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Transcript: CHEMICAL STRESSES Chemical compounds in the form of dusts, fumes, smoke, aerosols, mists, gases, vapors, and liquids may cause health problems by inhalation (breathing); by absorption (through direct contact with the skin); or by ingestion (eating or drinking). C. INGESTION Ordinarily, people are not aware that they are eating or drinking harmful materials. Toxic compounds capable of being absorbed from the gastrointestinal tract into the blood are lead oxide which can create serious exposure problems if people working with these substances are allowed to eat or smoke in their work areas. Care and through wash-ups are required before eating and at the end of every shift. Workers should change their clothes before leaving work to avoid contaminating their home environment. B. ABSORPTION Absorption through the skin can occur quite rapidly if the skin is cut or abraded. Unfortunately, many compounds that exist either in liquid or gaseous form, or both can be absorbed through intact skin. Some are absorbed through the hair follicles while others penetrate by dissolving into the fats and oils of the skin. This hazard is created when carbon or soot particles less than 0.1 um in size as a result of an incomplete combustion of such carbonaceous materials as coal or oil. Smoke generally contains liquid droplets as well as dry particles. In addition to safety responsibilities, supervisors together with management and safety personnel must make sure that the work area is free from conditions that could be detrimental to health. Consequently, the more you know about industrial hygiene, the better supervisor you will be. Industrial hygienist define their work as “the recognition, evaluation, and control of environmental conditions that may have an adverse effect on health, and it may be irritating, or may have some undesired effect upon the ability of individuals to perform their normal work.” It is possible to group these environmental conditions or stresses into four general categories INDUSTRIAL HYGIENE A. DUST These are solid particles generated by handling, crushing, grinding, rapid impact, detonation, and decrepitation of organic or inorganic materials, such as rock, ore, metal, coal, wood, and grain. PHYSICAL CLASSIFICATION OF AIRBORNE MATERIALS Biological Stresses Physical Stresses Fumes are formed when volatilized solids, such as metals are condensed in cool air. The solid particles that make up fumes are extremely fine, usually less than 1.0 um. In most cases, the hot material reacts with the air to form an oxide. A. INHALATION The major hazard of employees exposure to chemical compounds is inhalation of airborne contaminants. Contaminants inhaled into the lungs can be classified as gases, vapors, and particulate matter. Particulate matter can be further classified as dust, fumes, smoke, aerosols, or mists. C. SMOKE Ergonomic Stresses Chemical Stresses CHEMICAL STRESSES B. FUMES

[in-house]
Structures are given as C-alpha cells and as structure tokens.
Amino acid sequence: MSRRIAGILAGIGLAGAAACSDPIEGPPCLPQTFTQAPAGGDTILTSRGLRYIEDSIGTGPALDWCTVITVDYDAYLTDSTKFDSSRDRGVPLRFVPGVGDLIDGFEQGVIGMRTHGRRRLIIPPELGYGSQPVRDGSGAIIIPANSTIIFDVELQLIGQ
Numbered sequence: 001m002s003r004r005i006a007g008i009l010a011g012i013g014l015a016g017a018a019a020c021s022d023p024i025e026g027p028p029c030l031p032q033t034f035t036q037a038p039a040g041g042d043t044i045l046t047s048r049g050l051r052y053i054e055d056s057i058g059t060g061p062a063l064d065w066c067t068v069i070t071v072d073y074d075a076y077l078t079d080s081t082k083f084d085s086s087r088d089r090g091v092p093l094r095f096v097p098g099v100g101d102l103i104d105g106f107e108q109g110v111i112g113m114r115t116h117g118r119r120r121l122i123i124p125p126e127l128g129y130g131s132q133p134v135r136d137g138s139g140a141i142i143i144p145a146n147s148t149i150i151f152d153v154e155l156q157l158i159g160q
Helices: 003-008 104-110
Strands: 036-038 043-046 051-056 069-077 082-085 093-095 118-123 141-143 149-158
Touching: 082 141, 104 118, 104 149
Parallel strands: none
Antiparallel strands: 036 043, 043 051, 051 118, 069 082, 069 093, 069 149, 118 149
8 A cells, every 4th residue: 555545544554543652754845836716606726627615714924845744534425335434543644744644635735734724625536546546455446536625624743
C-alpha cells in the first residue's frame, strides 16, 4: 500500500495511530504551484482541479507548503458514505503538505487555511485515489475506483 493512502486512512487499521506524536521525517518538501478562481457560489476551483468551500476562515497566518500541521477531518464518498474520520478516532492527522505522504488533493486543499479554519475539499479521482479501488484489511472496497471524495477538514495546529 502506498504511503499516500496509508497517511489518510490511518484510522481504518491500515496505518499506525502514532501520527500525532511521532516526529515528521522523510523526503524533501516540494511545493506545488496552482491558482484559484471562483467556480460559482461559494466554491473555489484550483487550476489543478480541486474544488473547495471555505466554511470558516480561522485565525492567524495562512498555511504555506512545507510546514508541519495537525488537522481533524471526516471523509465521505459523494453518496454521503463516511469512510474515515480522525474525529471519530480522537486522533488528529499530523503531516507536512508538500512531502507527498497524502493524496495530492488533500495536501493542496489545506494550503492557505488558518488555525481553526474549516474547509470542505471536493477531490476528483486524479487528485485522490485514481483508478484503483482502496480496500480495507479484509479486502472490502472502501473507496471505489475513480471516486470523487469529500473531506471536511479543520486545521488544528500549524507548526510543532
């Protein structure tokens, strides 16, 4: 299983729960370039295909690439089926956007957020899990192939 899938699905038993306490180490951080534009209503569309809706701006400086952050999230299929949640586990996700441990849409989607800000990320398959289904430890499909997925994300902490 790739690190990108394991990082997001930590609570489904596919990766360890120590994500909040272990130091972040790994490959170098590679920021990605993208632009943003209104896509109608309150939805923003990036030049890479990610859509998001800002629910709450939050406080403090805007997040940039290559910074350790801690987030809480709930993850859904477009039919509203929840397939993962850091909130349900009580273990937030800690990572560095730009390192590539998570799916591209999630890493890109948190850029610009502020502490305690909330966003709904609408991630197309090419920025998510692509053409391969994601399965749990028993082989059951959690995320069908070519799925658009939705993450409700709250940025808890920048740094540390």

Transcript: Industrial Hygiene Presentation of BSCPE - 3204 What is Industrial Hygiene? What is Industrial Hygiene? Industrial hygiene is the science of anticipating, recognizing, evaluating, and controlling workplace conditions that may cause worker's injury or illness. Industrial hygienists use environmental monitoring and analytical methods to detect the extent of worker exposure and employ engineering, work practice controls, and other methods to control potential health hazards. History of Industrial Hygiene History of Industrial Hygiene Fourth century BC when Hippocrates - noted lead toxicity in the mining industry. First century AD when Pliny the Elder - a Roman scholar, perceived health risks to those working with zinc and sulfur. - He devised a face mask made from an animal bladder to protect workers from exposure to dust and lead fumes. Second century AD when Galen - the Greek physician accurately described the pathology of lead poisoning and also recognized the hazardous exposures of copper miners to acid mists. 1556 when Agricola - the German scholar , advanced the science of industrial hygiene even further when in his book De Re Metallica, he described the diseases of miners and prescribed preventive measures. --> 1700 when Bernardo Ramazzini - known as the "father of industrial medicine" -book on industrial medicine, De Morbis Artificum Diatriba (The Diseases of Workmen). The book contained accurate descriptions of the occupational diseases of most of the workers of his time. 1743 when Ulrich Ellenborg - published a pamphlet on occupational diseases and injuries among gold miners. 18th century when Percival Pott - as a result of his findings on the insidious effects of soot on chimney sweepers, was a major force in getting the British Parliament to pass the Chimney-Sweepers Act of 1788. --> 20th century when Dr. Alice Hamilton - led efforts to improve industrial hygiene. She observed industrial conditions first hand and startled mine owners, factory managers, and state officials with evidence that there was a correlation between worker illness and their exposure to toxins. States passed the first workers' compensation laws in 1911. 1913, the New York Department of Labor and the Ohio Department of Health established the first state industrial hygiene programs. The U.S. Congress has passed three landmark pieces of legislation relating to safeguarding worker's health: --> the Metal and Nonmetallic Mines Safety Act of 1966, the Federal Coal Mine Safety and Health Act of 1969, and the Occupational Safety and Health Act of 1970 (Act). Today, nearly every employer is required to implement the elements of an industrial hygiene and safety, occupational health, or hazard communication program and to be responsive to the Occupational Safety and Health Administration (OSHA) and the Act and its regulations. Overview of Industrial Hygiene Overview of Industrial Hygiene Industrial hygiene, as stated above, is concerned with identifying, evaluating, and controlling real or potential workplace environmental stressors or hazards that can affect the wellbeing of workers and community members. It is sometimes called Occupational Hygiene, Occupational Health or Workplace Health. Ideally, hazards are identified and controlled when a workplace is being planned, when conditions or processes change, or through yearly reviews, before they become an issue for workers. --> Industrial hygienist The role of an industrial hygienist is to “anticipate health and safety concerns and design solutions to prevent them. They are the guardians of workplace safety, applying science to identify and solve health and safety problems. Industrial hygienists also unite management, workers, and all segments of a company behind the common goal of health and safety.” An industrial hygienist will use rigorous scientific methods to evaluate and control hazards in the workplace, including risk assessment tools and information, such as Safety Data Sheets, which are put together by chemical manufacturers and contain detailed information about each chemical. ERGONOMICS Key Components of Industrial Hygiene is to reduce stress and eliminate injuries associated with bad posture, overuse of muscles, and repeated tasks. Ergonomics can be improved through solutions such as changing the chairs or keyboards office workers use, introducing tools to reduce repetitive tasks, or limiting time on certain jobs. Noise Long-term exposure to noise – both wanted and unwanted sound – can lead to hearing loss for workers. Noise issues can be addressed in several ways, including designing a facility to minimize noise, separating workers from noisy machinery as much as possible, and using devices, such as ear muffs or ear plugs, to protect workers. Noise Temperature Temperature Both high and low temperatures can cause problems for workers. If temperatures are too high, workers are vulnerable to heat stroke or heat exhaustion; heat stroke is a medical emergency that requires Indoor